2.3.7Rear mirror strategies
2.3.8Competition from the Internet media
2.4The video and DVD rental companies
2.4.1The end of the video store?
2.4.2DVD rental companies
2.4.3DVD rentals over the web
2.5Film and video producers
2.5.1A few statistics
2.5.2ABC digitises archives
2.5.3The Broadband Cross-Media Production Initiative (BCPI)
2.5.4The Film Australia Library
3.1New policy directions
3.1.1From access to digital media policies
3.1.2Government services difficult to get moving
3.1.3Government has an orchestrating role to play
3.1.4Australian – Netherlands digital media exchange
3.2Prelude to new digital media policies
3.2.1Government media review
3.2.2Government review by House of Representatives in February 2006
3.3Proposed media reforms
3.3.2New services on spare spectrum and other platforms
3.3.3Multichannelling and anti-siphoning
3.3.4Media ownership and control
3.3.5Regional services protection
3.3.6Cross media ownership laws
3.3.7Final version of the media reforms
3.3.8Media reform legislative process
3.4Finalisation of new media reforms
3.4.2TV Channels A and B for digital services
3.5IPTV regulations?
3.6Policies and regulations – 1996 - 2006 - historic
4.1The digital consumer
4.1.1The future is digital people, not digital media
4.1.2Digital migrants
4.1.3The multimedia consumer
4.2Consumer profiles
4.2.1Switched-on cybers
4.2.2Digital absorbers
4.2.3Tech pragmatics
4.2.4Techno learners
4.2.6Consumer interests
4.3Digital Media in Australian homes – 2006 survey
4.4Canon Digital Lifestyle Index
4.4.2Increased spending on digital media
4.4.3Key findings
4.4.4The disruptive effects of the digital media
4.5Customer loyalty
4.5.2Loyalty until the next deal
4.5.3Customer segmentation
4.5.4Effectiveness of loyalty programs
4.5.5Customer value management
4.6The interactive broadband map for Australia – update 2007
4.7Industry business models
4.7.1The role of the telcos
4.7.2The role of the broadcasters
4.7.3The role of the content providers
4.7.4The role of the IT industry
4.7.5Triple play business models
4.7.6Internet economy based business models
4.8Market strategies
4.8.1Internet companies taking over the bat
4.8.2The multimedia consumer
4.8.3The key drivers of growth
4.8.4The role of service providers
4.8.5Customer loyalty
4.8.6Permission-based marketing
5.1Emerging digital media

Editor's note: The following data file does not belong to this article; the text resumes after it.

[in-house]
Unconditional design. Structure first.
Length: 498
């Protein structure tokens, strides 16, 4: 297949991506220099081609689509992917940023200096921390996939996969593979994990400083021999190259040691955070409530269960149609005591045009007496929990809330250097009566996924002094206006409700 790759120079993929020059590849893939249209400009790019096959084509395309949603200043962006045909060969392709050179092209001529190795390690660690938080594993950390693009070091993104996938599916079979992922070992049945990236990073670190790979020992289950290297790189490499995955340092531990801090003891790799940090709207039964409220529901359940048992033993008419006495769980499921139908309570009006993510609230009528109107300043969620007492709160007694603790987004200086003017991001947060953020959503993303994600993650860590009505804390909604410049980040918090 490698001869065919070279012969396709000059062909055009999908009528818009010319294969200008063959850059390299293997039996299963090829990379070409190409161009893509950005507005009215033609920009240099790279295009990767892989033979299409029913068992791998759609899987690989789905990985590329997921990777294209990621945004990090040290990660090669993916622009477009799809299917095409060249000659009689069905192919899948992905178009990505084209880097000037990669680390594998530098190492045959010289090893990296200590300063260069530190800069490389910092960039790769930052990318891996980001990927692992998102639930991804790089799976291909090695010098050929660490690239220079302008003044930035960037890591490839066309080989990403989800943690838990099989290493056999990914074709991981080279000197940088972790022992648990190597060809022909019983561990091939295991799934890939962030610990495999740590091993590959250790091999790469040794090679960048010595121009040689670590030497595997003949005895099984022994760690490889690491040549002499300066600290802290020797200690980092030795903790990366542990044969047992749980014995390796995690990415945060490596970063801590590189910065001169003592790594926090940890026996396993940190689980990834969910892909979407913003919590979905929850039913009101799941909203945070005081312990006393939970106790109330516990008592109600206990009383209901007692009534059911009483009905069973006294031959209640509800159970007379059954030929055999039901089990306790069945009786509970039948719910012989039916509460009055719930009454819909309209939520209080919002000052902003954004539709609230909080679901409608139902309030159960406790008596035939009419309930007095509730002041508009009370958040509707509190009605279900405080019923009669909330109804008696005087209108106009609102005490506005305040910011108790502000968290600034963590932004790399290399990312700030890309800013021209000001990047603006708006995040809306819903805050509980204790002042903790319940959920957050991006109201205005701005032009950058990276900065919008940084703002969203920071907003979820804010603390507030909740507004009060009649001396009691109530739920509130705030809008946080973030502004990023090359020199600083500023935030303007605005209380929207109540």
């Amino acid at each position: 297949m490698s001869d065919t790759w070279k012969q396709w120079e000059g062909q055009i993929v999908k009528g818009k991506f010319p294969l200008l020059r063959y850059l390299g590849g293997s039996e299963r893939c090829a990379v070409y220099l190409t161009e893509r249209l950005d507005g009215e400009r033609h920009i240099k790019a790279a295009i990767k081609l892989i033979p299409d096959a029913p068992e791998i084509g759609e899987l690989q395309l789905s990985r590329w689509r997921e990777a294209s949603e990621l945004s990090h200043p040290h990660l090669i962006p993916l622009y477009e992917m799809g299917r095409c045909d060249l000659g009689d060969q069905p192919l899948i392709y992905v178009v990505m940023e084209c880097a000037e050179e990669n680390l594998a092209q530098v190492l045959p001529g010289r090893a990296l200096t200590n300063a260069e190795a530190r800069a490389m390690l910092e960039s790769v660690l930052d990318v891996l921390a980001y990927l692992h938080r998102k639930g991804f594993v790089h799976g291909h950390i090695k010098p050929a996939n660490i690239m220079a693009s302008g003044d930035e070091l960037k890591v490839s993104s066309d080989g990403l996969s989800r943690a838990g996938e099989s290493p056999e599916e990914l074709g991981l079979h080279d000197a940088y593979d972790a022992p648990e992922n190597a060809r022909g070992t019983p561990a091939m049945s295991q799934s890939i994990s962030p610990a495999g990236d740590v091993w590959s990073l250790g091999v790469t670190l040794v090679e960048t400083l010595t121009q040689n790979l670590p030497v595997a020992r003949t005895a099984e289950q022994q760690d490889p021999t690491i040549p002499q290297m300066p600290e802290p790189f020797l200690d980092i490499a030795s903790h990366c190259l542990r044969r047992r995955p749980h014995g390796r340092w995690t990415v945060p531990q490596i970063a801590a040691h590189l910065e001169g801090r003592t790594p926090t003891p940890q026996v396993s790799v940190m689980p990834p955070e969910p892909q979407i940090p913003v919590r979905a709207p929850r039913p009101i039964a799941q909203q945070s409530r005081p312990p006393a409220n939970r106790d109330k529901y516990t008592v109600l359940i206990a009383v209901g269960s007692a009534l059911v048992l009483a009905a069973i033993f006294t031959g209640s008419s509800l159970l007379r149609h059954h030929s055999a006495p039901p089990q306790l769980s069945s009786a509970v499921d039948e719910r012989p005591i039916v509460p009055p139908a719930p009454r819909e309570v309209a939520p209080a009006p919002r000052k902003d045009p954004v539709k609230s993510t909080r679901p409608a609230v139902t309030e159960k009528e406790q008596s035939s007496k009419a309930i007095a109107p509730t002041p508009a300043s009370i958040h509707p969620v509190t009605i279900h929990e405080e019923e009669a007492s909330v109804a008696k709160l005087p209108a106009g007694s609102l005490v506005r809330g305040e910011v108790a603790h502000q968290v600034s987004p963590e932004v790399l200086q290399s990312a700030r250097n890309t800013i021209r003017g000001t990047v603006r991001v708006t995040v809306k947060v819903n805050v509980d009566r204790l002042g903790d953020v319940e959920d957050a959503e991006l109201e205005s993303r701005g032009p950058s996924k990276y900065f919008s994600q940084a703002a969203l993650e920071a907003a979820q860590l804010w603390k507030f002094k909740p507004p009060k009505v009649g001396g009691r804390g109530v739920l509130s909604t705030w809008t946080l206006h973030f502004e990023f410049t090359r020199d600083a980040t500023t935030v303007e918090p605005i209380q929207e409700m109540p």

5.2Measuring digital media revenues
5.3How to make money in the digital media
5.3.1Plenty of money to be made
5.3.2User is consumer, producer and programmer
5.3.3Digital media: a moving target
5.3.4Models need to be built around free user experiences
5.3.5Money to be made in infrastructure
5.3.6DRM: outmoded way of doing business
5.3.7Many ‘kings’ in digital media
5.4Digital media – revenue predictions
5.5The key drivers of growth
6.1The online advertising market
6.1.1Marketing issues
6.1.2Costs advantage of Internet advertising
6.1.3Changes in web advertising
6.1.4Web advertising goes mainstream
6.2Advertising statistics and revenues
6.2.1Revenue statistics
6.2.2Online takes bigger advertising share
6.2.3Online advertising market tops $1 billion mark
6.2.4PwC’s four year predictions to 2010
6.2.5Search advertising revenues
6.2.6The CEASA Report – 2006
6.3Advertising and the digital media – analysis
6.3.1Infrastructure bottleneck in Internet economy
6.3.2New technologies, same customers
6.3.3Permission-based models
6.3.4Advertising industry needs to go digital
6.3.5Traditional media were missing in action
6.3.6Broadcasters are too broad
6.4Digital marketing companies
6.4.2Blue Freeway
6.4.3Brand New Media (Destra)
6.4.5Photon Group
6.5Dubious ‘advertising’ tactics
Exhibit 1 – Some application bit rates
Exhibit 2 – Drivers of high-speed Internet
Exhibit 3 – Examples of social networking websites – 2006
Exhibit 4 – Implications of ending net neutrality
Exhibit 5 – Dutch digital media policies
Exhibit 6 – Digital media reform – current rules and key proposed changes
Exhibit 7 – Fixed networks – 2007
Exhibit 8 – Wireless networks – 2007
Exhibit 9 – Secondary technologies – 2007
Exhibit 10 – Multimedia/hybrids technologies – 2007
Exhibit 11 – Media centre devices
Exhibit 12 – Telecommunication convergence
Exhibit 13 – Digital media marketing commandments

Table 1 – DSL, 1Gb/s, DWDM transmission speeds – what does it mean?
Table 2 – B2B global revenues – 1998 - 2005
Table 3 – US online spending revenue for top 4 product types – 2006
Table 4 – DVD sales – 2002 - 2006
Table 5 – Switched-on cyber demographics
Table 6 – Digital absorber demographics
Table 7 – Tech pragmatic demographics
Table 8 - Techno learner demographics
Table 9 – Digi-not demographics
Table 10 – Percentage of household use by application or platform – 2006
Table 11 – Frequency of device used for downloaded content – 2006
Table 12 – Main drivers for DTTB* adoption – 2006
Table 13 – Is digital FTA TV available to households in your area?
Table 14 – Awareness of analogue switch-off – 2005 - 2006
Table 15 – Digital media spending by product category – 2nd half 2005
Table 16 – Digital media % total telecoms spend – 2000; 2005; 2010; 2015
Table 17 – Estimated value of digital media market – 2005; 2010; 2015
Table 18 – Online users and other media usage
Table 19 – Online advertising revenue and forecasts – 1997 - 2010
Table 20 - Market shares key online advertising markets – 2005 - 2006; 2010
Table 21 – Market shares by major players – 2005 - 2006
Table 22 – Online advertising by classification – 12 months to December 2006
Table 23 – Online advertising by classification – six months to December 2006
Table 24 – Total media sector ad revenue – 2004 - 2006
Table 25 – Media sector ad revenue for 2006 & projected changes for 2010
Table 26 – Paid search advertising revenue by company – 2005 - 2006; 2010
Table 27 – Advertising spending by media sector – 2005
Table 28 – Ad revenue forecasts by media sector – 2006

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Licence Information

Annual Publication Profile


Digital Media
Regulations & Government Policies
Strategies & Analyses (Industry & Markets)
Telecoms Infrastructure

Number of pages 99

Status Archived

Last updated 4 Apr 2007
Update History

Analyst: Stephen McNamara